Thursday, 2 February 2017

2nd February 2017 - Candlemas and Lunar Calendars

Thought for the day:"Laughing at your mistakes can lengthen your life - laughing at your wife's can shorten it.."

A friend posted this today - I repeat it -
Today (2nd Feb) is Candlemas, or the Feast of the Presentation; we have finally reached the end of the Christmas/Epiphany season. (Unless, of course, you're Eastern Orthodox, in which case you won't get to the 2nd of February until the 15th, because calendars.) If you somehow didn't take your decorations down by Epiphany you can do it today without fear of bad luck :)

In some (mostly French-influenced) areas it's apparently traditional to eat pancakes, so if you're pondering what to have for dinner, there you go.

After today we're into "Ordinary Time" as far as the western liturgical calendar goes, which doesn't so much mean "normal time" as "counted time" - basically it is padding in the calendar because we're about to flip from solar to lunar calculation. Really dodgy lunar calculation, I might add. (Did I rant about that yet? I forget. I have so many 'heresies' already that having one about the date of Easter seems practically de rigeur..)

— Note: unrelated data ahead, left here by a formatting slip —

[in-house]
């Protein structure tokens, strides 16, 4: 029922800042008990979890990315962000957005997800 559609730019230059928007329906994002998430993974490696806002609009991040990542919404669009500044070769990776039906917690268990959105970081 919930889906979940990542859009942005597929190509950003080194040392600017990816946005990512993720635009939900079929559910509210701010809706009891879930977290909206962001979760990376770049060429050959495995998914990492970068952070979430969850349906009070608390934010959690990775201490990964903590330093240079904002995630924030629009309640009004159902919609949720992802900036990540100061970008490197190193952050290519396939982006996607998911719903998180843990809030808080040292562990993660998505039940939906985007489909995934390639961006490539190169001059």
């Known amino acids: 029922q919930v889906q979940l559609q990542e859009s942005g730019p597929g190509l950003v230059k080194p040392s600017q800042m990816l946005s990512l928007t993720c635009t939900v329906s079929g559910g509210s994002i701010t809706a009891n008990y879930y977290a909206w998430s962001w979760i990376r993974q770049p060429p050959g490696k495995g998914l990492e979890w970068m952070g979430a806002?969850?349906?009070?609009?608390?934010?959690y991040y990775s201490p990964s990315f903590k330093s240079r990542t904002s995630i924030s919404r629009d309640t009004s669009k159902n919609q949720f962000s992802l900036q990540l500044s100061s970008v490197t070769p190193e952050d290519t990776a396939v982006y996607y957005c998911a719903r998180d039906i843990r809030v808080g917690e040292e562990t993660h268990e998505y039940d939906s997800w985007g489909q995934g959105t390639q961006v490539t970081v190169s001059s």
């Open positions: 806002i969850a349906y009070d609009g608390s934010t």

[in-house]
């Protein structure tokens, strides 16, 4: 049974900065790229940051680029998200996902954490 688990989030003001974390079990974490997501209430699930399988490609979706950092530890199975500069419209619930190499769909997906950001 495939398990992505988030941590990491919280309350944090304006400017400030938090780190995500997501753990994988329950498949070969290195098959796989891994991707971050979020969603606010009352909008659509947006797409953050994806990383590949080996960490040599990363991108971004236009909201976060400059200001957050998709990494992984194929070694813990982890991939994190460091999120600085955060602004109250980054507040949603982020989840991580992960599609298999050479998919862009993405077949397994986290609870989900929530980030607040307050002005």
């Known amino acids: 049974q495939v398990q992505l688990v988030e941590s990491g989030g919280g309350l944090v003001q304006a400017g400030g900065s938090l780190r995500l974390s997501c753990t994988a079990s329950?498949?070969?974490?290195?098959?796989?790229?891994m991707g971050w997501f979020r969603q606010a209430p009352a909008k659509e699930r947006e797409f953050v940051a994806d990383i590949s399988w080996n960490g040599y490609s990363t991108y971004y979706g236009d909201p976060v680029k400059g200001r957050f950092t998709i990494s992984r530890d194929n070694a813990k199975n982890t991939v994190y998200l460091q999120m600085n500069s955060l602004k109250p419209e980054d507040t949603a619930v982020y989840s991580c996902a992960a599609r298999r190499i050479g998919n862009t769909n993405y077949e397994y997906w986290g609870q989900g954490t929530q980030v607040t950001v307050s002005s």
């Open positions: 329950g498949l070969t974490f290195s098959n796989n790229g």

Of course January 28th was Chinese New Year, which actually makes it New Year in a number of other places as well, hence also being known as Lunar New Year - but that then risks confusion with various other lunar calendars, which is most of them.

One interesting thing about the Chinese/Lunar calendar is that it's cyclic rather than linear in the counting of years - ie, this year isn't [last year + 1] but instead is the next year in a sixty-year cycle. I suspect there's some interesting comparative philosophical point to be made here, but I don't consider myself at all qualified to discuss it. IF, however, the Chinese/Lunar calendar DID count years lineally then this would be considered the 47th or 48th century.

Another interesting thing about this year in particular is that it's a leap year in the Chinese/Lunar calendar. Unlike the Gregorian and Julian calendars, this doesn't mean 'insert an extra day' - if you think about it, that would throw the lunar cycle off - but 'insert an extra month.' This is pretty much ubiquitous among lunisolar calendars (ie: those which count months but also track the year). In this case the year tracked is the tropical year (as determined by equinoxes / solstices). By contrast, Hindu lunar calendars track the sidereal year (as determined by position of the sun against the stars), the Hebrew calendar does its own complicated calculation which is generally somewhere in between the two, and the Islamic calendar is purely lunar and does not give a flying fig what the sun is getting up to.

 (thanks Kit Wilson)

For my own accounts try here

Maenwhile I am back from a flying visit to Edinburgh - piccie smaybve tomorrow..

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